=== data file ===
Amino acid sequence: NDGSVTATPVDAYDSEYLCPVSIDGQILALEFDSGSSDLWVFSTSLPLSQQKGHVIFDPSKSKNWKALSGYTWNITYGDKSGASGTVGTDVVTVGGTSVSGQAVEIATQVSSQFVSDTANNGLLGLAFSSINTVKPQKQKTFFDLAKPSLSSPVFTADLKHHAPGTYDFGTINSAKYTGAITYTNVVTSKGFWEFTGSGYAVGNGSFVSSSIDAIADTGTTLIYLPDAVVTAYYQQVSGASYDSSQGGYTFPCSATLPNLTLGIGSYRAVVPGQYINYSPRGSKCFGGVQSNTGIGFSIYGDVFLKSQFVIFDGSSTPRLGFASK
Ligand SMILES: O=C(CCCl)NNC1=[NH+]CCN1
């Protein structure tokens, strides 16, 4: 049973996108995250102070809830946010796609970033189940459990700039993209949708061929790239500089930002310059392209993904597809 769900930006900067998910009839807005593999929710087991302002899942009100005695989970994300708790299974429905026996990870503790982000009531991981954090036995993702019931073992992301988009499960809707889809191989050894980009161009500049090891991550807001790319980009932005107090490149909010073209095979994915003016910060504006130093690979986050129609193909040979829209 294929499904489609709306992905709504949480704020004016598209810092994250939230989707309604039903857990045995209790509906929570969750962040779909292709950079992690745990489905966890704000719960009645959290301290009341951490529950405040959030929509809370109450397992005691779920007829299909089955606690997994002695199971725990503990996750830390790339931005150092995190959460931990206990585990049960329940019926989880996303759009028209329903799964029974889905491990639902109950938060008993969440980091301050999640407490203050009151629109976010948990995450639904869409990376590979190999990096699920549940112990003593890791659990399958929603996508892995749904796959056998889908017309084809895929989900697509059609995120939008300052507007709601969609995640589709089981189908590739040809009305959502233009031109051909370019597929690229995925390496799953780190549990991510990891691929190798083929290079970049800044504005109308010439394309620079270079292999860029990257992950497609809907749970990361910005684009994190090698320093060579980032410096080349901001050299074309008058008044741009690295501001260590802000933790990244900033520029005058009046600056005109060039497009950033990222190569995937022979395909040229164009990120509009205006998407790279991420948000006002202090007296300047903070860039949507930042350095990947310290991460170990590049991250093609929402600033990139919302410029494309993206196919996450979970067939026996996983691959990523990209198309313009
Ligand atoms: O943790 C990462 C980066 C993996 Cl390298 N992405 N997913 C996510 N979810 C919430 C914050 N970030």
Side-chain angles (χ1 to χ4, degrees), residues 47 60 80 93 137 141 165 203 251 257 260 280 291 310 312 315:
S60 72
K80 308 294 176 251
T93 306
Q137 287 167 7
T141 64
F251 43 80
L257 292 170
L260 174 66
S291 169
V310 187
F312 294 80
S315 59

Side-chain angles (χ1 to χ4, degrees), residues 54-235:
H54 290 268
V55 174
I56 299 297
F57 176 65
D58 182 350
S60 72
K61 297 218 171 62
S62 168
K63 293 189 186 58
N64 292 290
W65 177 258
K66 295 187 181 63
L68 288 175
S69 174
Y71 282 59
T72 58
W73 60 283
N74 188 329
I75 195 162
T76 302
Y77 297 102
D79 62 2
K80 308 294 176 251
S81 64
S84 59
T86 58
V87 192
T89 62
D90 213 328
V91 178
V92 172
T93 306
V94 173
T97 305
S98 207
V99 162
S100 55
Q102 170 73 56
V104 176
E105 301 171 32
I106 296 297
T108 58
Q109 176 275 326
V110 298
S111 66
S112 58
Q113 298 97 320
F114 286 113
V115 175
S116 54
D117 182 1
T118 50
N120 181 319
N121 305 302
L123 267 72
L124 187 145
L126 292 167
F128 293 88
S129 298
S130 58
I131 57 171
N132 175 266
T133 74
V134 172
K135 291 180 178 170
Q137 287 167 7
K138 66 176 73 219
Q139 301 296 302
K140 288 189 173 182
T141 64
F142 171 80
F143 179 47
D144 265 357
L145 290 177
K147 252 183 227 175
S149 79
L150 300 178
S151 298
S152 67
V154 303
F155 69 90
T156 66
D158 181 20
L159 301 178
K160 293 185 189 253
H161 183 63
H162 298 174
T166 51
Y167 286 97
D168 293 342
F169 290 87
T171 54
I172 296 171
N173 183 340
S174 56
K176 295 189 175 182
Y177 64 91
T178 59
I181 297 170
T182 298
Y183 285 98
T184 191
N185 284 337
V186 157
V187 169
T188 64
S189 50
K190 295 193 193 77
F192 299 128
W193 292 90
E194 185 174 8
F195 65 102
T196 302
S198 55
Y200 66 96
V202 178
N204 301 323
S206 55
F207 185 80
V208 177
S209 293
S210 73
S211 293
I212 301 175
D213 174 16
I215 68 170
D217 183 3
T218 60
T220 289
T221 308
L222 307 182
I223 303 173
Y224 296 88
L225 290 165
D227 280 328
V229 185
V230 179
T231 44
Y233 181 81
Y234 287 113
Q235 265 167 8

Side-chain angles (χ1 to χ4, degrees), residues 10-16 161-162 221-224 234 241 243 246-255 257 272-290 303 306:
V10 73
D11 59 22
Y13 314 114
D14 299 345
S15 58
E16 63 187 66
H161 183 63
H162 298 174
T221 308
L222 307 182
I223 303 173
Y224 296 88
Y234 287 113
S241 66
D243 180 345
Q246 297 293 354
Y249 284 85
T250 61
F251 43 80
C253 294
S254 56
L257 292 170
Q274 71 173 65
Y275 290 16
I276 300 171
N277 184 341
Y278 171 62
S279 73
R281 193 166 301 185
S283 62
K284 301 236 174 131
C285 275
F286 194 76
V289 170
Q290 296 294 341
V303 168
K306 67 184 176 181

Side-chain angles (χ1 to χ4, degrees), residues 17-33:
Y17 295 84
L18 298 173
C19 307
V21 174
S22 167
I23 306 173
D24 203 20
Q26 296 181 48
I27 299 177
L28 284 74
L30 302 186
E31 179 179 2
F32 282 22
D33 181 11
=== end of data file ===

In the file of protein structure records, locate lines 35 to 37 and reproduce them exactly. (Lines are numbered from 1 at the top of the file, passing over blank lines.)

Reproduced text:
W73 60 283
N74 188 329
I75 195 162